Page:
8:40- After the student has left the room, one of my more vocal student says, “He sure is dumb. Don’t he know you’ve got eyes behind your head?” I laugh and instruct the students to pay no attention to distractions.

9:15- Apparently when the student was met by the discipline person, he has not only cursed me out but has also cursed the Assistant Principal. He’s promptly suspended and his grandmother comes up to the school but instead of chastising him, she wants to speak with me . I ask the office to take a message, I’m teaching.

9:45-Classes transition to my 10th grade class. These students are working on completing their research paper so there’ s a lot of independent learning going on. As I’m working with a student, I hear one of my 10th graders attempting to take out his Iphone and listen to music. I quickly get up confiscate the phone and instruct him to get back working. This particular of student had me as a 9th grader, so instead of sulking (or cursing) he admits he’s wrong and gets back to work.

10:00-A student from the office comes and hands me a sheet of paper  and lets me know that she needs  a list of students who’ve been absent more than five times. (Duh, don’t we take attendance electronically? Why can’t they check themselves?) Instead of complaining, I take the paper and put it on my desk. I don’t have time to fill it out, I’m teaching.

10:15- I begin to have conferences with the students about their progress on their research paper. I meet with one student (who by the way has repeatdly asked me to let him come live with me) who has no grades. I inquire where’s his folder with all of his previous drafts, he replied that he got in a fight the night before in his neighborhood and  lost all of his school stuff.  I take him to the computer (I’ve saved all graded drafts online, luckily) and pull up his work. I instruct what he can do to possibly get a grade on the paper.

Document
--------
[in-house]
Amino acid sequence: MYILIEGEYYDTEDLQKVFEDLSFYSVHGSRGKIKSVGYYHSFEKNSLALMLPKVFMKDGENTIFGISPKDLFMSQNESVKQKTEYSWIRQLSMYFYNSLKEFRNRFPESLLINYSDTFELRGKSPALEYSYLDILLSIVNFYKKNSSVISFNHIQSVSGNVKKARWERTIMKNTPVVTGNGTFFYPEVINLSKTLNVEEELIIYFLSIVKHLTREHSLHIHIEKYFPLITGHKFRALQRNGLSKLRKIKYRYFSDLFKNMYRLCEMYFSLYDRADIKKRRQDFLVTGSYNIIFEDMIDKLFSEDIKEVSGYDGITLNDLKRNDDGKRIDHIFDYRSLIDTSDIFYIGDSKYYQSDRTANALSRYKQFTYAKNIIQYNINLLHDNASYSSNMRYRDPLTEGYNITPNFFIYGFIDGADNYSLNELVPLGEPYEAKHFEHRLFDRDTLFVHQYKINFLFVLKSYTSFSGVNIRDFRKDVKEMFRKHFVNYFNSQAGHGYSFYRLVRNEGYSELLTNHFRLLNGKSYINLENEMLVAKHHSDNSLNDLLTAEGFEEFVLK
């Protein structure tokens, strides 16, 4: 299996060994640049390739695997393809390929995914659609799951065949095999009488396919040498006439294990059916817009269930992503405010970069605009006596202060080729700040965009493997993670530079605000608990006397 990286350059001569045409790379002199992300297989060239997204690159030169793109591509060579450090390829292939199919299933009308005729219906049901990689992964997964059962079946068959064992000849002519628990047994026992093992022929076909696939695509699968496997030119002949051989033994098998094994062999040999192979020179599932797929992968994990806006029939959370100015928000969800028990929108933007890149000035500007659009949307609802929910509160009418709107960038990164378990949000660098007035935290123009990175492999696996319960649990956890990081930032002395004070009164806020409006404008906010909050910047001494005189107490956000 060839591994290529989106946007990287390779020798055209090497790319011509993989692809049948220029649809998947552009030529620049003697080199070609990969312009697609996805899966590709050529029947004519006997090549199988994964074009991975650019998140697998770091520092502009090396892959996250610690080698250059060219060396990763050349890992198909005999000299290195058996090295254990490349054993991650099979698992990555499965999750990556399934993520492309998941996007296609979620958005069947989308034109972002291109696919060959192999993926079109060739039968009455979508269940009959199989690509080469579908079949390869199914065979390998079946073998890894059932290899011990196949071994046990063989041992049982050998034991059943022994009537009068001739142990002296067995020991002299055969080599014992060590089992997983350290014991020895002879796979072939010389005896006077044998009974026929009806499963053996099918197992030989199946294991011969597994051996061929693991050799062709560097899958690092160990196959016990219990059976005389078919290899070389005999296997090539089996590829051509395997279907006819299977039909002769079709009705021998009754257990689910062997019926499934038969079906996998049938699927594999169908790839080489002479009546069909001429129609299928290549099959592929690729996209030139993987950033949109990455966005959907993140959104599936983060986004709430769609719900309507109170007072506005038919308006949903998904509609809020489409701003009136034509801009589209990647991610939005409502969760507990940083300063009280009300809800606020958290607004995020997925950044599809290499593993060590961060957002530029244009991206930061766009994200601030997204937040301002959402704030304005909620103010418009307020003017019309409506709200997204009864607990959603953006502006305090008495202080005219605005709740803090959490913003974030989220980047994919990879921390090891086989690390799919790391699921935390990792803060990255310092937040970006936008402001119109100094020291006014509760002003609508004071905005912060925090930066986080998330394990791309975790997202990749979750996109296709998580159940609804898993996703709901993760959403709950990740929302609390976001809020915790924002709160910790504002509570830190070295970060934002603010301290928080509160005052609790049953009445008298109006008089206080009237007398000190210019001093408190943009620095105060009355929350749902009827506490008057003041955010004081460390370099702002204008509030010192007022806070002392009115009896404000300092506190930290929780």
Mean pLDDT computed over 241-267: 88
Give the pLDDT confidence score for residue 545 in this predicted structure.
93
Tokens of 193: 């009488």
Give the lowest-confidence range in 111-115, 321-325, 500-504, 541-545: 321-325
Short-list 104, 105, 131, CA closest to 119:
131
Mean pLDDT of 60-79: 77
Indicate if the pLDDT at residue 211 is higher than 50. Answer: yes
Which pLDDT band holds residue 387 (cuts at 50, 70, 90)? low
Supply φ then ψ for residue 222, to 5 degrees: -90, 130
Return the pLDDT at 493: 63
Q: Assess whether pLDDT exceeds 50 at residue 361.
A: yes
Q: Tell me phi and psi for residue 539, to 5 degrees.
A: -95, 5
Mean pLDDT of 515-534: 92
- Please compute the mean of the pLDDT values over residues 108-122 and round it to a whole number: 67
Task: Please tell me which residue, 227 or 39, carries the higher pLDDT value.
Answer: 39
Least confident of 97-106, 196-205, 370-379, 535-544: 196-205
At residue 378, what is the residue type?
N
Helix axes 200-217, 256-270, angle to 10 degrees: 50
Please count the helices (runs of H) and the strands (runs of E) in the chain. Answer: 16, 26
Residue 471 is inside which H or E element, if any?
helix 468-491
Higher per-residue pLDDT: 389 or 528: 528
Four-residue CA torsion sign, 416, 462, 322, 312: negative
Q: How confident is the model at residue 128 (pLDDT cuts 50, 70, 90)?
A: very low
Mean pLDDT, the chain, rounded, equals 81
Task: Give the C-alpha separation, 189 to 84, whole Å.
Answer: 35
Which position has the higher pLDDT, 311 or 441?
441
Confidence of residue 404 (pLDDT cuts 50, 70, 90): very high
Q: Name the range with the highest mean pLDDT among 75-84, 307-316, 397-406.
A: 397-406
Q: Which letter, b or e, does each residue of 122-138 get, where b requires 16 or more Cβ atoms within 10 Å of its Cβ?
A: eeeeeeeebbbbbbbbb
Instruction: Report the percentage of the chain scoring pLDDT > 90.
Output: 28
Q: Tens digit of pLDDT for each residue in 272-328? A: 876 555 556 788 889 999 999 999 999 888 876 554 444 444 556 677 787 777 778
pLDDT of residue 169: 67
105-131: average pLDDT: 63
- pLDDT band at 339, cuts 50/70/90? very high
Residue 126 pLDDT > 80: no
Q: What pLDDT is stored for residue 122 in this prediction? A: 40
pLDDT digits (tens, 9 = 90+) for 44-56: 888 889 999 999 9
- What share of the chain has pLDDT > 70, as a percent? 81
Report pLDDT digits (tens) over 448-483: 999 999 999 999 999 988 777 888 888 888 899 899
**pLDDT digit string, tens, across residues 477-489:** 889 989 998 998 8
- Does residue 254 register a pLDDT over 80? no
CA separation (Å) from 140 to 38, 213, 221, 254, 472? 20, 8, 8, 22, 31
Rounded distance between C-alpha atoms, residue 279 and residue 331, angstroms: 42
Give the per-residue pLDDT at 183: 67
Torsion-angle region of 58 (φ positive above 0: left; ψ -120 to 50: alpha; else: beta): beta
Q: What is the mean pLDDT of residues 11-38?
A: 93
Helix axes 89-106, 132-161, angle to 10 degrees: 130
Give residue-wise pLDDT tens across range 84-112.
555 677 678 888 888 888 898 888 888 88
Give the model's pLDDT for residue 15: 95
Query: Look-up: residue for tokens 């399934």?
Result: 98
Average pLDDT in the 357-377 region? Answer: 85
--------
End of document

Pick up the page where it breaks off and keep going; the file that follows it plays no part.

10:45- I catch two students attempting to cut and paste off the internet, so I have a impromptu lesson on how easy it is for me to find plagarism. Fifteen minutes later (and a lot of scared looks), the kids decided that was a dumb idea and they better just “do their work like I asked.”

11:15- Class is dismissed. A student stays behind to let me know that she didn’t appreciate me calling her parents about her grade. She’s really upset because prom is in a few weeks and she can’t go with a failing grade. I tell her I don’t appreciate her not doing her work and that the only way she’s going to get a passing grade is to complete the work with mastery. She rolls her eyes and leaves the room, I think I’ve proven my point.